Special measures for “inadequate” Watton Junior school

Watton Junior School is in special measures. Watton Junior School is in special measures.

Thursday, December 19, 2013
11:49 AM

A failing Watton school has been put on special measures three months before it becomes an academy.

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Ofsted inspectors have downgraded Watton Junior’s overall effectiveness from “satisfactory” to “inadequate” – the lowest available rating.

The Ofsted report criticises the quality of teaching and says “pupils have not made the progress they should in reading, writing and mathematics”.

And children who speak English as an additional language make better progress than other pupils, especially in reading and writing, according to the report – because of the support they receive in small groups.

Inspectors say the school needs to ensure the quality of teaching is consistently good, raise attainment in English and maths, and strengthen its leadership, adding that they will monitor the situation closely.

However the report does praise recent changes made to the leadership team which are “beginning to have a positive impact in supporting teachers to improve the quality of teaching and learning”.

Wayland Academy’s headteacher Michael Rose has been appointed as the junior school’s executive since the former headteacher’s long-term sick leave and Nicola Kaye, also from Wayland, has been seconded as head of teaching and learning.Mr Rose said the “journey of improvement” was well under way, adding: “We have a committed teaching staff who are working incredibly hard to improve outcomes for all of our pupils.”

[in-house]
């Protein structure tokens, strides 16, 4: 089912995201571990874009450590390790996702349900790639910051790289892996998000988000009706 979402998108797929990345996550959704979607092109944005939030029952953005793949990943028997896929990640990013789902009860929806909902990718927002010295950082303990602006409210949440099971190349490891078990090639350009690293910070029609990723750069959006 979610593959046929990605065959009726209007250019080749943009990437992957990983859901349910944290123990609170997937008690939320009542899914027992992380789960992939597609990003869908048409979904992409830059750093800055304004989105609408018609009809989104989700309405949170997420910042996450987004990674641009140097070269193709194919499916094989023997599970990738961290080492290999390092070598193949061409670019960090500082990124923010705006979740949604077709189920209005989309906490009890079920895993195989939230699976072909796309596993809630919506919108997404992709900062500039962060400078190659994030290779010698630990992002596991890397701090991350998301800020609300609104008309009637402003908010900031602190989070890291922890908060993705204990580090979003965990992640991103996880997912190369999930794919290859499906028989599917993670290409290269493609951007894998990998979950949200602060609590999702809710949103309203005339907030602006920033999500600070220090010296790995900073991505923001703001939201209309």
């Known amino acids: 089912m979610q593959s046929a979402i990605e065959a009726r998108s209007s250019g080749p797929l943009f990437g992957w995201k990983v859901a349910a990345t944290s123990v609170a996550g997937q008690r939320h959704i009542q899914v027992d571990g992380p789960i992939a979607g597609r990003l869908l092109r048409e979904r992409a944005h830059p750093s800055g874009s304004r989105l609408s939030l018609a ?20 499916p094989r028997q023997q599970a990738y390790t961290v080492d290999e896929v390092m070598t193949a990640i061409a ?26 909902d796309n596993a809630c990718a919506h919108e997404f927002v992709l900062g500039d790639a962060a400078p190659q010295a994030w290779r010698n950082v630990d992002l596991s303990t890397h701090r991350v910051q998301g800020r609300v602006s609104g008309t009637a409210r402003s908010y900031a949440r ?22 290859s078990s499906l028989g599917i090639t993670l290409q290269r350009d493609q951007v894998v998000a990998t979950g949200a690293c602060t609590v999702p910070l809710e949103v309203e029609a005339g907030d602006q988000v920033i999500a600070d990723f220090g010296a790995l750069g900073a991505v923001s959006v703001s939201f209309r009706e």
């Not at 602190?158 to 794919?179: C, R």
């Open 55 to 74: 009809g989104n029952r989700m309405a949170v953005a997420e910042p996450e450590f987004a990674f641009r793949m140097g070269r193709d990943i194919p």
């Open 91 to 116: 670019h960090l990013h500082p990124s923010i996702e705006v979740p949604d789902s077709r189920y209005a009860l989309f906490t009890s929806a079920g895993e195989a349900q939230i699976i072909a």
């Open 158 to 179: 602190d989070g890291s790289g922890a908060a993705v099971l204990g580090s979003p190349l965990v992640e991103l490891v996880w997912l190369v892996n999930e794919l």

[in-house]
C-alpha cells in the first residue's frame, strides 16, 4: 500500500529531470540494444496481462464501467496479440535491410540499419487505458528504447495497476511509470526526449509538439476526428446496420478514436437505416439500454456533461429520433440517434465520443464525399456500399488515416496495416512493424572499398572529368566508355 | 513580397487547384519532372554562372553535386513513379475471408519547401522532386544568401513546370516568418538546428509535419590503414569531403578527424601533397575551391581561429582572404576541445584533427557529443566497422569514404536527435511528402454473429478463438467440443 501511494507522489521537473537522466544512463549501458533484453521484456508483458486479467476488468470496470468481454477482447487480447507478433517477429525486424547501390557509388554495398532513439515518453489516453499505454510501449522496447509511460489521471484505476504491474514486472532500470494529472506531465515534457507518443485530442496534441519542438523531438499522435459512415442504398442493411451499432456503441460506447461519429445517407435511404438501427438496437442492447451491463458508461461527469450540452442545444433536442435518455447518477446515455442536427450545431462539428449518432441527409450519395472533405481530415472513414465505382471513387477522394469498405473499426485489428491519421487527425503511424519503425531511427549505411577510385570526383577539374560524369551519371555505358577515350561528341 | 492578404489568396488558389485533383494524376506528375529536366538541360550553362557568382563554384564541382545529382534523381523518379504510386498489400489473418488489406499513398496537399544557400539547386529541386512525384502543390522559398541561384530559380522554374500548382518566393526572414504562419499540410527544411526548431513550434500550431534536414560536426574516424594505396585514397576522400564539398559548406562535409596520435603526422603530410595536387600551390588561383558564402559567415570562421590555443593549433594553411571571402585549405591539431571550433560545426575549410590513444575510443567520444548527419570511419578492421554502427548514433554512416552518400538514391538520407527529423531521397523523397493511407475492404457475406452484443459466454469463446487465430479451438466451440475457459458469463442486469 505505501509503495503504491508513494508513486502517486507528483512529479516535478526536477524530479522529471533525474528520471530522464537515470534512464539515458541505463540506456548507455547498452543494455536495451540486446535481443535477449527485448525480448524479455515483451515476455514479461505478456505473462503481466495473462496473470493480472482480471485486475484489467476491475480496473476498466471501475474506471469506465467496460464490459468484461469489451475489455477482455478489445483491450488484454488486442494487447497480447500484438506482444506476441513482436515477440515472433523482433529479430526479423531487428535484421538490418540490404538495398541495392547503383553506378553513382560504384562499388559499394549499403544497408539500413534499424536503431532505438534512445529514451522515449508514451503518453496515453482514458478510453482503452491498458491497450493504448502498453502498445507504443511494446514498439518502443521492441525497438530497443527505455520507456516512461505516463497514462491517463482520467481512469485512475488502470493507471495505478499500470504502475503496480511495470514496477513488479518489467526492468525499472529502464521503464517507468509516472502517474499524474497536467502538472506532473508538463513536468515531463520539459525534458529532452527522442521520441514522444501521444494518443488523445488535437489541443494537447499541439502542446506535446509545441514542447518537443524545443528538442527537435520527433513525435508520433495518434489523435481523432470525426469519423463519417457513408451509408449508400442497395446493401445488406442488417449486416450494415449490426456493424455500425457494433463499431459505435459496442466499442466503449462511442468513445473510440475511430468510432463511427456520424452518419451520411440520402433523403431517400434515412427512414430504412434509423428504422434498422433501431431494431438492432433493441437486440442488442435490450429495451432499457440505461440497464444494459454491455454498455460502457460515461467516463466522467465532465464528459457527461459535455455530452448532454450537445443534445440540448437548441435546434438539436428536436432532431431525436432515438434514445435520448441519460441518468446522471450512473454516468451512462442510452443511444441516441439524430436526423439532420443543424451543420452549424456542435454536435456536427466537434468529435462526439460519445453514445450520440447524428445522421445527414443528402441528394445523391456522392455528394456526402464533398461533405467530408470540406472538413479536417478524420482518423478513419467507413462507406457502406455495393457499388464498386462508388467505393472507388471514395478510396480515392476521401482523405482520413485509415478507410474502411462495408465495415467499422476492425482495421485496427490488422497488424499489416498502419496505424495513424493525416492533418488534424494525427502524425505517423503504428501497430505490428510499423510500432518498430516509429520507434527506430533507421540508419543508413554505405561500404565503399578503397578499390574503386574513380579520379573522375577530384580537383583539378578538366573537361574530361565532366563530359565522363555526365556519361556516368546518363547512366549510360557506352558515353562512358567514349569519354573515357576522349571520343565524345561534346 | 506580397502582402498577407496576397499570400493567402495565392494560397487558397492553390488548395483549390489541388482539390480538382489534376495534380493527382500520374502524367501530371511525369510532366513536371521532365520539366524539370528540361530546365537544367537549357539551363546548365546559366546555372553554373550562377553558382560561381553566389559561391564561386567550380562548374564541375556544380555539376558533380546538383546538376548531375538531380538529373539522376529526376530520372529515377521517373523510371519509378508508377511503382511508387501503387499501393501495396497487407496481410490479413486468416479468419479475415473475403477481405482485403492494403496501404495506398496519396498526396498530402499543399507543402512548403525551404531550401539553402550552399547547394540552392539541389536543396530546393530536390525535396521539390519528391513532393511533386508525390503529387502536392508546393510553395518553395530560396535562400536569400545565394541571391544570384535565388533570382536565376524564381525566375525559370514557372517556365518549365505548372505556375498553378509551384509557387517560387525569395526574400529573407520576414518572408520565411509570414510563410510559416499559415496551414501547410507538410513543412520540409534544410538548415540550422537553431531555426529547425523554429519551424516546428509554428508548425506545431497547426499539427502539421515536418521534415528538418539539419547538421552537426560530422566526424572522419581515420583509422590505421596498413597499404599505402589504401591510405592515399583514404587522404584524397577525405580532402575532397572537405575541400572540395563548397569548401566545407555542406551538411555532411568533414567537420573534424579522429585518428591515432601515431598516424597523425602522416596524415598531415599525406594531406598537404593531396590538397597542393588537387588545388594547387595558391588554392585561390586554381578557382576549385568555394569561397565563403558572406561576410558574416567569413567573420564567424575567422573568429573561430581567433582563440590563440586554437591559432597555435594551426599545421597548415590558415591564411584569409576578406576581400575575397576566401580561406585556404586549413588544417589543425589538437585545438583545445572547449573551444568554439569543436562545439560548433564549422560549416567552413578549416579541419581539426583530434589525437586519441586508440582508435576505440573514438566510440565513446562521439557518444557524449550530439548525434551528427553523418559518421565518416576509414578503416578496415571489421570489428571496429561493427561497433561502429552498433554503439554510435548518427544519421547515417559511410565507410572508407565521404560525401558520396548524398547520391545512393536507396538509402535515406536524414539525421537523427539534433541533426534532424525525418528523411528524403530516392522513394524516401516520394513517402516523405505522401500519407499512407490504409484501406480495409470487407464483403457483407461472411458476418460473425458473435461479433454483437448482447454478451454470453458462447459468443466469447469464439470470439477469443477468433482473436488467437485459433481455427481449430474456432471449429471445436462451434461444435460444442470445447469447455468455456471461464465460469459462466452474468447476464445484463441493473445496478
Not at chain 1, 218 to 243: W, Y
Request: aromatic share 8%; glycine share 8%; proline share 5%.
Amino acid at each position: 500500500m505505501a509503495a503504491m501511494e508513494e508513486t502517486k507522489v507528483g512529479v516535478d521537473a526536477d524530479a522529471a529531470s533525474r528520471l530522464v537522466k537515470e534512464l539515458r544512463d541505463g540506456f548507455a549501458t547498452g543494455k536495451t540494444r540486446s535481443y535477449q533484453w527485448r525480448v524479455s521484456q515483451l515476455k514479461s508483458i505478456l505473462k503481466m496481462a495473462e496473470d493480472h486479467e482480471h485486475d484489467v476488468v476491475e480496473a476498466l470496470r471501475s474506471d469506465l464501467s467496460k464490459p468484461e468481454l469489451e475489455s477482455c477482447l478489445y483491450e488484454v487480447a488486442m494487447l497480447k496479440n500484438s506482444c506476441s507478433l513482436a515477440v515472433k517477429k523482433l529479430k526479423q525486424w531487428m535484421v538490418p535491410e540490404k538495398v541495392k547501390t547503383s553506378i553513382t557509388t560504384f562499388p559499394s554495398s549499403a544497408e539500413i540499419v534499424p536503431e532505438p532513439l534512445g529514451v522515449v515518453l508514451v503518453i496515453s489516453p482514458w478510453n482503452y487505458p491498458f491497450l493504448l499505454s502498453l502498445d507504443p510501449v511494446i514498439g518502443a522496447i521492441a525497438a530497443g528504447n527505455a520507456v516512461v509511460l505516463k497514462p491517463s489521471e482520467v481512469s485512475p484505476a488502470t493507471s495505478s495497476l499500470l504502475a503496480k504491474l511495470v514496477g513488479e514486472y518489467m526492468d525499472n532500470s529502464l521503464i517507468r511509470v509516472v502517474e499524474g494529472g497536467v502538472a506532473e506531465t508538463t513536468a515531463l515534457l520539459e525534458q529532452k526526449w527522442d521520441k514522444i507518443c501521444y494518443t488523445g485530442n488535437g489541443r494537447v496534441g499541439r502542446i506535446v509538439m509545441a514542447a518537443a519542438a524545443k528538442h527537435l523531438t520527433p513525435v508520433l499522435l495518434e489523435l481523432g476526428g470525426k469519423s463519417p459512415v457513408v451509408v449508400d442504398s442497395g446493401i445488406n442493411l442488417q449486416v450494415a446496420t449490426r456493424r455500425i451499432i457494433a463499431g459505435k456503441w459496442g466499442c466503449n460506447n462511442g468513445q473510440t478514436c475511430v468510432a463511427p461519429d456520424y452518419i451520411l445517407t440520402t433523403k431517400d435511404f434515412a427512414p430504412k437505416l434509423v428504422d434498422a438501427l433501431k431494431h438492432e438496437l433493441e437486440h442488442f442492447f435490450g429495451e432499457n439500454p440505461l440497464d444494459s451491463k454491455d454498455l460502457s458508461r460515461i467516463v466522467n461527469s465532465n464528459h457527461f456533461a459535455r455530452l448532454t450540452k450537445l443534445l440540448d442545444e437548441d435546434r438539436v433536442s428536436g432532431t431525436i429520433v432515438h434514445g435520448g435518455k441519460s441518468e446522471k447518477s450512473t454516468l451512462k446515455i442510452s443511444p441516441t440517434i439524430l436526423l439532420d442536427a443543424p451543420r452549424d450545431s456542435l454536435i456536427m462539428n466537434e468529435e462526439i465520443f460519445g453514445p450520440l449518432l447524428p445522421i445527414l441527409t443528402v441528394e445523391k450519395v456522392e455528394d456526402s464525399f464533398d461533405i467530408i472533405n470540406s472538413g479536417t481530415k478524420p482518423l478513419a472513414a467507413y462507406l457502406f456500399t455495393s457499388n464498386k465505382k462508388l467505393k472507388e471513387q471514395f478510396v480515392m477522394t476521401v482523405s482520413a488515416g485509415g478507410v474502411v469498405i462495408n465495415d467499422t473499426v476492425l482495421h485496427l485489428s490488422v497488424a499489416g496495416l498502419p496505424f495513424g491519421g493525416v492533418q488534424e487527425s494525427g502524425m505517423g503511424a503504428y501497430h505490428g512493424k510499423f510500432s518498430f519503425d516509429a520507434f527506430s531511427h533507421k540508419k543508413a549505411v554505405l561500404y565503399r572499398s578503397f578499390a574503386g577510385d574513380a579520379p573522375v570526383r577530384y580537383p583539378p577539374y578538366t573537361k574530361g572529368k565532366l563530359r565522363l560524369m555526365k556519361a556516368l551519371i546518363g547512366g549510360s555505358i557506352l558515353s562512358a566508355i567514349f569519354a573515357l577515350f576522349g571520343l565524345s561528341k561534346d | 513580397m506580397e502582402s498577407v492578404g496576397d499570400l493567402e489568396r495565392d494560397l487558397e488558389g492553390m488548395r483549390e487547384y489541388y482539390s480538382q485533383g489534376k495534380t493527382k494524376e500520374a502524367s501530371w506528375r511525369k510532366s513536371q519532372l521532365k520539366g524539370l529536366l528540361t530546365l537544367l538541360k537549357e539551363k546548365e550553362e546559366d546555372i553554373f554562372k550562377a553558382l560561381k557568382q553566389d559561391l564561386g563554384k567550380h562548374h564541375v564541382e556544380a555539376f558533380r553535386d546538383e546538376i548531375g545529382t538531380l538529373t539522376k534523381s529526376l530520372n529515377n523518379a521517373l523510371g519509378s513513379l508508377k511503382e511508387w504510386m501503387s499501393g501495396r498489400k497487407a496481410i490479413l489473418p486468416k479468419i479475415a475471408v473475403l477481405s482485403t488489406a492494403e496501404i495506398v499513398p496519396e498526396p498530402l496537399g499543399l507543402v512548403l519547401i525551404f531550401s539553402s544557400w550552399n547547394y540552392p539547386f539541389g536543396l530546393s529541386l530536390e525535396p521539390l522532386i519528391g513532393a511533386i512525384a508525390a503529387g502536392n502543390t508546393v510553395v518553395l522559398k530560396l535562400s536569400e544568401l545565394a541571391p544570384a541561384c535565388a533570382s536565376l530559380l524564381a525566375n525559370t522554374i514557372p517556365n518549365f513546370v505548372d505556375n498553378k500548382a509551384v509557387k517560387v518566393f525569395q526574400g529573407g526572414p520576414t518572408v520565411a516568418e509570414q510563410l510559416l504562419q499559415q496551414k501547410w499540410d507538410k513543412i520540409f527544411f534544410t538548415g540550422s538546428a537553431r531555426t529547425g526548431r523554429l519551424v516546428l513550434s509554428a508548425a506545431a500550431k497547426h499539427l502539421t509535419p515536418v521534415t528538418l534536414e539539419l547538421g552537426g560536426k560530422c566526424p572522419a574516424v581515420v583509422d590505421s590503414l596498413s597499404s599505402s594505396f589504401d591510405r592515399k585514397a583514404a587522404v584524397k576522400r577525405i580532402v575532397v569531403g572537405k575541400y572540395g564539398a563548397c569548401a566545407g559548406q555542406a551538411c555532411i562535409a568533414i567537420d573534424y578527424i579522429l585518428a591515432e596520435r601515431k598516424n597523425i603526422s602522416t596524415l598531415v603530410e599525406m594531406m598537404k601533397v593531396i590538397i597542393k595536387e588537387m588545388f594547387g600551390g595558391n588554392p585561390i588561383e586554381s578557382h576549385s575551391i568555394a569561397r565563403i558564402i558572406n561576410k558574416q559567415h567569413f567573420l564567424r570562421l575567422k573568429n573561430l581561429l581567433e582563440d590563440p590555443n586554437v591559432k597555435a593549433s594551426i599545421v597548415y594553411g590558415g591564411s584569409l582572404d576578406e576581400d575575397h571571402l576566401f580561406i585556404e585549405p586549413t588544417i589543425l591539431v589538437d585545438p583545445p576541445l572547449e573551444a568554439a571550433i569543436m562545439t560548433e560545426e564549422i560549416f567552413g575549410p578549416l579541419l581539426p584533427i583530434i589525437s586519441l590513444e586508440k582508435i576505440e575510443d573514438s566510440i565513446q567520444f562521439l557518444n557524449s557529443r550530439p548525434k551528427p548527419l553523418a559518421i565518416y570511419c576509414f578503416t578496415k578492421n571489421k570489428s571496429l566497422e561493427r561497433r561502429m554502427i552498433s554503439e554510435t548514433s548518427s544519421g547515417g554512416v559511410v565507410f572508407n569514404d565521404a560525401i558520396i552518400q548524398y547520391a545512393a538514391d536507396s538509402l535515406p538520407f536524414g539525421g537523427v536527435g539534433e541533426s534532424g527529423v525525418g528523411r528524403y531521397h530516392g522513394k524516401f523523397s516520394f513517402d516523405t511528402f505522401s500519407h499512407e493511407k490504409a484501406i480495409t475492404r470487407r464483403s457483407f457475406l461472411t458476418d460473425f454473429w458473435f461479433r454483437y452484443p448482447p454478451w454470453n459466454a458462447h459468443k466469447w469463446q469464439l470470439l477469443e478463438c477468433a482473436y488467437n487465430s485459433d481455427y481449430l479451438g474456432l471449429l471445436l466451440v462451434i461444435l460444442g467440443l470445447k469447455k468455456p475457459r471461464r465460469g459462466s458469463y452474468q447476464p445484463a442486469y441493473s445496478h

But according to the report too many pupils are leaving with levels below what is expected for their age and “move to the next stage of their education without the knowledge and skills they need in literacy and numeracy”.

The report notes there is insufficient challenge for more-able pupils in most lessons and in some classes children rely too much on guidance from adults.

But the school’s leadership and governors say they are confident that the academy status, set to begin on April 1, will bring additional expertise and support to make sure improvements will be “effective and sustainable”. Inspectors say the new staff appointments have already bred a “positive climate” in the school but add that, because of the school’s past, achievement varies from year to year.

When the school becomes an academy it will join the Transforming Education in Norfolk (TEN) Group, a recently-established partnership between Wayland Academy, City College Norwich, City Academy Norwich, and Norfolk University Technical College.

As an academy it will be publicly-funded but operate outside local authority control, meaning it will have more freedom than other state schools over their finances, curriculum and staff pay and conditions.




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